Paul's Heart

Life As A Dad, And A Survivor

“I’m Not Fat, I’m Big Boned!”


“I’m not fat, I’m big boned!”, quoted by Eric Cartman from the Comedy Network cartoon show “South Park”.  It is a crude cartoon, sophomoric and satirical.  But with my sense of humor, I did enjoy the show for the brief time that I watched it.  But his quote was one of the first infamous lines, when his little friend called him “fat”, Cartman barked back, “I’m not fat, I’m big boned!”

Long before the television show, I actually tried to use that excuse while visiting my family physician.  One of the undesirable long term effects that I have struggled the most with, is a weight gain during and following my cancer treatment.  Most people when going through chemotherapy often lose weight.  But because I was taking high doses of prednisone for the eight months of treatments, prednisone – a steroid, increased my appetite, which of course resulted in a weight gain.  This was complicated with the destruction of my thyroid from radiation treatments that I had prior to the chemo.  The thyroid is responsible for regulating your metabolism, which of course, controls your weight.  With a thyroid not working properly, it is only common sense, you would have weight issues.

In 1997, as part of an employment hiring, I was required to get a company physical.  I sailed through everything.  And then oddly, something I had never had done in any physical ever, they did some sort of bone density exam on me.  And the result was that I had “a large frame”.  Okay, I stand only five foot seven.  And I was still under the 200 pound mark, so I would never have considered myself “large frame”.  But having discussed my weight concerns with my family doctor in the past, I now had a new theory.

Large frame body = big bones = big bones weigh more

Yep.  That was my logic, and I was sticking to it.  And so, on my next visit to my doctor, I actually tried to use this reasoning on her.  Now keep in mind, any reference I have ever made about my family physician, I have always been appreciative, admirable, and respectful of her.  She also has a great sense of humor too as I soon found out after I actually asked her about the possibility that the reason I was overweight was because I was big boned.  I just found out I was a “large frame” which meant my bones had to be heavier, which would mean I would weigh more.

Officially, she gave me a response, “are you serious?” and we immediately followed a different direction.  She was not going to entertain that theory any further, and honestly, it was a reach.  After all, my bones had always been “large framed” my whole life, and at one point in my life, I was quite a lot of pounds lighter before my Hodgkin’s Lymphoma.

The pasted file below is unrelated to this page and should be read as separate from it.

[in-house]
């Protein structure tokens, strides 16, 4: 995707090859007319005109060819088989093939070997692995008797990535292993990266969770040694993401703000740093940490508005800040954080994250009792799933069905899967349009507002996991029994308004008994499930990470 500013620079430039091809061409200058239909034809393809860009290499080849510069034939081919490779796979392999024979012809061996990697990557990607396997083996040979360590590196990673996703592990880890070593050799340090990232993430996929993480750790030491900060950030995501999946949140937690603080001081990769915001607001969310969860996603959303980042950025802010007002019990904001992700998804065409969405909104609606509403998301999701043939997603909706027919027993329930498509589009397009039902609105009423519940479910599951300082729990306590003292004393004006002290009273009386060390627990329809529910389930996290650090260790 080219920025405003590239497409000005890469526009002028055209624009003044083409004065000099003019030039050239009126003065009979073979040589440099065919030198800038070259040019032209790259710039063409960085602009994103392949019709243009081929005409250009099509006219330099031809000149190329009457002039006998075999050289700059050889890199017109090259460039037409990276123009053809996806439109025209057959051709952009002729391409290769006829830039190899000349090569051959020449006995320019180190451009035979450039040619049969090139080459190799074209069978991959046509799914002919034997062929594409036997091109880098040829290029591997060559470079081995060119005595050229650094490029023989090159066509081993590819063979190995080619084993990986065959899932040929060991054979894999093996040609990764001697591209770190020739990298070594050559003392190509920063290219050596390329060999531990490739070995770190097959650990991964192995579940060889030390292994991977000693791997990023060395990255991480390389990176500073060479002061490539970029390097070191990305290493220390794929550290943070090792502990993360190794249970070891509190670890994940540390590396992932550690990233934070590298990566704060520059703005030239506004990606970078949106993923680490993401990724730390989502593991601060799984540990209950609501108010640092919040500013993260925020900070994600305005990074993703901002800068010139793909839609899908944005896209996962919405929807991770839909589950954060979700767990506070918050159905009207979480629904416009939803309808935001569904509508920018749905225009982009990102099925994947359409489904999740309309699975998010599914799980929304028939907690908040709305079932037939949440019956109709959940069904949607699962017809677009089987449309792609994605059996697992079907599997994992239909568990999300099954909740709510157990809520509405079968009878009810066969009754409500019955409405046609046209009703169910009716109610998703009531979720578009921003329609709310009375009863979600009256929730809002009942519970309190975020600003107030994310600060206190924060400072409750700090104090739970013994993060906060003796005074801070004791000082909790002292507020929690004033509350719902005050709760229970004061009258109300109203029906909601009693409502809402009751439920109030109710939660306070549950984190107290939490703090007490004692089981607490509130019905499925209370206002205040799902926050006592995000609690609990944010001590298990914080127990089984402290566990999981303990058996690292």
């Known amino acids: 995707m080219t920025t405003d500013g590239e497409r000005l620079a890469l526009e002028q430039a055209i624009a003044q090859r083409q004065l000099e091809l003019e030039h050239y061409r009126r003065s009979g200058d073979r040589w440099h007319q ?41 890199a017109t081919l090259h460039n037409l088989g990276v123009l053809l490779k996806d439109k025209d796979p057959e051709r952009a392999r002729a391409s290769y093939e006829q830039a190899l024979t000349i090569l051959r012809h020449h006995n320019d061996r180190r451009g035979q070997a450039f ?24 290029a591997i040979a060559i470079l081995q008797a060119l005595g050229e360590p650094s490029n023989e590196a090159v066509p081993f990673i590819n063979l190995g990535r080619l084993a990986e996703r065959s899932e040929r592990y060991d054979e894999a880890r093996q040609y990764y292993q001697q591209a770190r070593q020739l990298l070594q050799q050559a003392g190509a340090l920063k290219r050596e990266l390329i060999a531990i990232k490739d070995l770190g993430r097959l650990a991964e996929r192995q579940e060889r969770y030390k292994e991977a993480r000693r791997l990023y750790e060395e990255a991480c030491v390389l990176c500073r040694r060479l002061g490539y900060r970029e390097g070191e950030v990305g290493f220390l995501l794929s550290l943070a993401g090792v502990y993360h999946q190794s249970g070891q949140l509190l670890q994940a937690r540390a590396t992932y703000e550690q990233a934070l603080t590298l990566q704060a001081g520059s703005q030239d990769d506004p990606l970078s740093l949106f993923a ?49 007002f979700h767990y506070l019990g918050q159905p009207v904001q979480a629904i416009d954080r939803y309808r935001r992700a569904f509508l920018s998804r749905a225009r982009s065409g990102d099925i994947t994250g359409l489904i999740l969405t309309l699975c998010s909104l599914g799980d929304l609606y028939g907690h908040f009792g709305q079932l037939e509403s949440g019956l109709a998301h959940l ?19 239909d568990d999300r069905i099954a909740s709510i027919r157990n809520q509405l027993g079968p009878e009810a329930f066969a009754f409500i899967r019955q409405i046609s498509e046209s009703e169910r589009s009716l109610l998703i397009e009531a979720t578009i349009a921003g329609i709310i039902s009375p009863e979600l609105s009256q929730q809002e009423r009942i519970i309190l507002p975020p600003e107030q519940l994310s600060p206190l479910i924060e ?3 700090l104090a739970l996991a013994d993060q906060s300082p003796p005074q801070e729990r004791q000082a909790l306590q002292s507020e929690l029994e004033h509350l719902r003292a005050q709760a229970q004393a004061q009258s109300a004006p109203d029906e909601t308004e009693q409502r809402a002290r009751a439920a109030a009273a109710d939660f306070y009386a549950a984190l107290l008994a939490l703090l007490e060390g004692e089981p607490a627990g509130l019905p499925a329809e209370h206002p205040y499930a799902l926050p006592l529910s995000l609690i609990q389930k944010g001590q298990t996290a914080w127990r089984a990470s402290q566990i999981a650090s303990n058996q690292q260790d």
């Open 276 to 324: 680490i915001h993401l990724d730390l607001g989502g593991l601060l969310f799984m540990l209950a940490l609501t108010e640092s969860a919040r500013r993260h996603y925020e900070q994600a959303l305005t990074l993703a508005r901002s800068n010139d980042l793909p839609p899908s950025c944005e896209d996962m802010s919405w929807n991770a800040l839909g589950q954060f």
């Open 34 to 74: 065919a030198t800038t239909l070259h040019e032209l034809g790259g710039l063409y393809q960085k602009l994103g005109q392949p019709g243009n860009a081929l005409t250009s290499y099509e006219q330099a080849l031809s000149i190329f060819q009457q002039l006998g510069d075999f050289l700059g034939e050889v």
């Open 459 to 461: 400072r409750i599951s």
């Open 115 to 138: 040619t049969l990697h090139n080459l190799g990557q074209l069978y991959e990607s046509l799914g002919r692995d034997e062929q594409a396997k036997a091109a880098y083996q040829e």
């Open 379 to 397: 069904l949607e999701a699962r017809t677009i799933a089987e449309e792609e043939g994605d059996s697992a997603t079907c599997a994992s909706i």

But I am really at a loss.  More than seventeen years later, weight is still an issue for me.  I take thyroid medication, but still not weight loss.  I cannot exercise strenuously because of other cancer treatment side effects that I deal with for my heart, lungs, spine, and muscles.  But I do at least some light exercising nearly every day in the form of walking.  I have wonderful support to help me with controlling my diet, both portion size and actual content.  I have a professional dietician working with me, who encourages me not to be discouraged by the numbers, that it is about how I feel, and how my clothing fits (called a moral victory).

Because of other long term side effects I deal with, I have had several gastroenterology tests performed over the years, and while not great news for other issues, they did not reveal anything per se as far as the issue with my weight.

My struggles as a long term cancer survivor, cardiac, pulmonary, muscular, spinal, immunological, endocrine, psychological, gastro, and more, my weight seems more of just an inconvenience given everything else I deal with in terms of survivorship.

I will keep exercising.  I will keep watching what I eat.  I also am prepared to accept that I just might not be able to help my weight any more than I am.  Maybe I am really just “big boned.”


An Odd Observation

I was sitting in a restaurant recently finishing my meal, when another patron came up to me and said, “Well you don’t look too concerned about Ebola.”  Besides the fact that I am not very used to total strangers coming up to me and starting a discussion while I am eating, it was a very strange way to start a conversation.  Not to mention the fact, I am used to being the one who people watches.  Now I know I am being watched.